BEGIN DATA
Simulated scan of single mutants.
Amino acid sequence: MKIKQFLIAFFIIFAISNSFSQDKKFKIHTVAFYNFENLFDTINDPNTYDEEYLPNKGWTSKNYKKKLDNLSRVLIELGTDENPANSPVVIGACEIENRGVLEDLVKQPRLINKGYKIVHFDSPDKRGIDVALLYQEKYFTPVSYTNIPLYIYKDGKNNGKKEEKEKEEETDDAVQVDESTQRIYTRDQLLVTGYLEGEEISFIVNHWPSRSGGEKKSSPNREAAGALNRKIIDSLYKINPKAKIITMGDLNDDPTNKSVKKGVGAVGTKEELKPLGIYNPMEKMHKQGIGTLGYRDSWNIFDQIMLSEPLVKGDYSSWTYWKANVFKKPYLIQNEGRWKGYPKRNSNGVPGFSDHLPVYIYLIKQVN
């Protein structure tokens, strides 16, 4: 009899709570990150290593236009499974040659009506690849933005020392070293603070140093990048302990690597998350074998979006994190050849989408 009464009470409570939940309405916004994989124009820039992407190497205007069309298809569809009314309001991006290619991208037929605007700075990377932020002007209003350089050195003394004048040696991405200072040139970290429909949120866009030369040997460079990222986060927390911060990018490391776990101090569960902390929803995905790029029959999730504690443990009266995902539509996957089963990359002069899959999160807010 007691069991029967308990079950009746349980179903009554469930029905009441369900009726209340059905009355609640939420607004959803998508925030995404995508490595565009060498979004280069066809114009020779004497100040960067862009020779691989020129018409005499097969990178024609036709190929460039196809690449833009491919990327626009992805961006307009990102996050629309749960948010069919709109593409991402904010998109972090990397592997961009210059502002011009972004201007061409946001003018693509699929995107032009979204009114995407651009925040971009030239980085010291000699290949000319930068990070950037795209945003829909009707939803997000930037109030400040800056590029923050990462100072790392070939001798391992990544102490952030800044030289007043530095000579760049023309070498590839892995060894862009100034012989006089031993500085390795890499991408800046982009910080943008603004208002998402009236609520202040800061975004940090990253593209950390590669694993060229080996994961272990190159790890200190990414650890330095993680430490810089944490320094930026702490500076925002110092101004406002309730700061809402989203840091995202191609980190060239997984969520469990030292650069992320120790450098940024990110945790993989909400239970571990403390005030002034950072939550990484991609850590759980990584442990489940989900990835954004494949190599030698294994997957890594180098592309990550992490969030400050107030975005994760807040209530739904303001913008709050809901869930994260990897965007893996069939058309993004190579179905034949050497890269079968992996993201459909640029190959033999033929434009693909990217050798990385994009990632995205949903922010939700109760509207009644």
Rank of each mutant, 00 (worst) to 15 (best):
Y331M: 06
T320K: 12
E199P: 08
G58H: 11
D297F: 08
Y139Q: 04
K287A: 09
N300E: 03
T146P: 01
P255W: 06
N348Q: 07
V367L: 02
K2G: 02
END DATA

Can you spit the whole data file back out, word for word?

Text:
Simulated scan of single mutants.
Amino acid sequence: MKIKQFLIAFFIIFAISNSFSQDKKFKIHTVAFYNFENLFDTINDPNTYDEEYLPNKGWTSKNYKKKLDNLSRVLIELGTDENPANSPVVIGACEIENRGVLEDLVKQPRLINKGYKIVHFDSPDKRGIDVALLYQEKYFTPVSYTNIPLYIYKDGKNNGKKEEKEKEEETDDAVQVDESTQRIYTRDQLLVTGYLEGEEISFIVNHWPSRSGGEKKSSPNREAAGALNRKIIDSLYKINPKAKIITMGDLNDDPTNKSVKKGVGAVGTKEELKPLGIYNPMEKMHKQGIGTLGYRDSWNIFDQIMLSEPLVKGDYSSWTYWKANVFKKPYLIQNEGRWKGYPKRNSNGVPGFSDHLPVYIYLIKQVN
């Protein structure tokens, strides 16, 4: 009899709570990150290593236009499974040659009506690849933005020392070293603070140093990048302990690597998350074998979006994190050849989408 009464009470409570939940309405916004994989124009820039992407190497205007069309298809569809009314309001991006290619991208037929605007700075990377932020002007209003350089050195003394004048040696991405200072040139970290429909949120866009030369040997460079990222986060927390911060990018490391776990101090569960902390929803995905790029029959999730504690443990009266995902539509996957089963990359002069899959999160807010 007691069991029967308990079950009746349980179903009554469930029905009441369900009726209340059905009355609640939420607004959803998508925030995404995508490595565009060498979004280069066809114009020779004497100040960067862009020779691989020129018409005499097969990178024609036709190929460039196809690449833009491919990327626009992805961006307009990102996050629309749960948010069919709109593409991402904010998109972090990397592997961009210059502002011009972004201007061409946001003018693509699929995107032009979204009114995407651009925040971009030239980085010291000699290949000319930068990070950037795209945003829909009707939803997000930037109030400040800056590029923050990462100072790392070939001798391992990544102490952030800044030289007043530095000579760049023309070498590839892995060894862009100034012989006089031993500085390795890499991408800046982009910080943008603004208002998402009236609520202040800061975004940090990253593209950390590669694993060229080996994961272990190159790890200190990414650890330095993680430490810089944490320094930026702490500076925002110092101004406002309730700061809402989203840091995202191609980190060239997984969520469990030292650069992320120790450098940024990110945790993989909400239970571990403390005030002034950072939550990484991609850590759980990584442990489940989900990835954004494949190599030698294994997957890594180098592309990550992490969030400050107030975005994760807040209530739904303001913008709050809901869930994260990897965007893996069939058309993004190579179905034949050497890269079968992996993201459909640029190959033999033929434009693909990217050798990385994009990632995205949903922010939700109760509207009644």
Rank of each mutant, 00 (worst) to 15 (best):
Y331M: 06
T320K: 12
E199P: 08
G58H: 11
D297F: 08
Y139Q: 04
K287A: 09
N300E: 03
T146P: 01
P255W: 06
N348Q: 07
V367L: 02
K2G: 02